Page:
Philosophy at the End of the World
And so it has come to this. Philosophy is now in the hands of a Slovenian madman. Slavoj Zizek has been thought of as one part Groucho, one part Karl Marx, an idiot savant, a Shakespearean fool, or maybe Dylan's Jokerman.1 A self-declared "fighting atheist" who claims the Christian legacy is worth fighting for. A Leninist who seeks wisdom in Chesterton's Orthodoxy. A leftist accused of being authoritarian, anti-feminist, and anti-Semitic. A critic of the worst excesses of capitalism who himself so over-produces books and articles that critics despair of ever being able to pin him down before he's off on his next tangent. So full of apparent contradictions is Zizek that to some critics it appears that while it is true Zizek exists, nevertheless we may well have created him.2
When writing about Zizek, one must decide (finally) to plant the flag somewhere. For the purposes of this article, I limit the discussion to Zizek's political-religious thought.3 And in order to provide anything like a coherent account even of this more narrowed focus, I will do so by discussing Zizek's concept of "the act." Although Zizek gives his most sustained philosophic analysis of the act in two earlier works, The Indivisible Remainder (1996) and The Ticklish Subject (1999), in the five books under discussion here, Zizek's invoking of the act serves as one link between his three works on Christianity and his accounts of the two defining moments of our contemporary political world, 9/11 and the war in Iraq. While there are some signs that his red-hot status may be cooling a bit, there is still enough going on in his rants against the Bush Administration and his riffs on St. Paul to give readers pause before judging him to be a signifier of nothing. There is method to his madness, wisdom in his foolishness.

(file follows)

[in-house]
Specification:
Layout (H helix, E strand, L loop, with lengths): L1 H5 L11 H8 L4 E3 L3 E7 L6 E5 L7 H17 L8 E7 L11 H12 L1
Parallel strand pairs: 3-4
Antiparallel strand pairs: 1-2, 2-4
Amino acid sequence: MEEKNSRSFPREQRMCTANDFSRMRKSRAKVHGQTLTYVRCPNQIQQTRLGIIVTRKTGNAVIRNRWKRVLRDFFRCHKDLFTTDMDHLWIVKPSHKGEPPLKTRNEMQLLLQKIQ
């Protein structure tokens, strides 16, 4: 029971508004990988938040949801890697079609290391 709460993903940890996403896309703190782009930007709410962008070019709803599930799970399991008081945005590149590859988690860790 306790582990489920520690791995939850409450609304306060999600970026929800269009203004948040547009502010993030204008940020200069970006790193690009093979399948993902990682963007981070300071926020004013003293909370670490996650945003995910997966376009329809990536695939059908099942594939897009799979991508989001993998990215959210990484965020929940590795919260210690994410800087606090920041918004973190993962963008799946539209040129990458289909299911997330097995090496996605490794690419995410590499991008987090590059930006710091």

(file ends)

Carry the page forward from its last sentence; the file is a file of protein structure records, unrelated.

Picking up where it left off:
At the outset of The Fragile Absolute, Zizek offers one of his patented twists on the expected Marxist response. In castigating the "deplorable aspects of the postmodern era" and "the return ...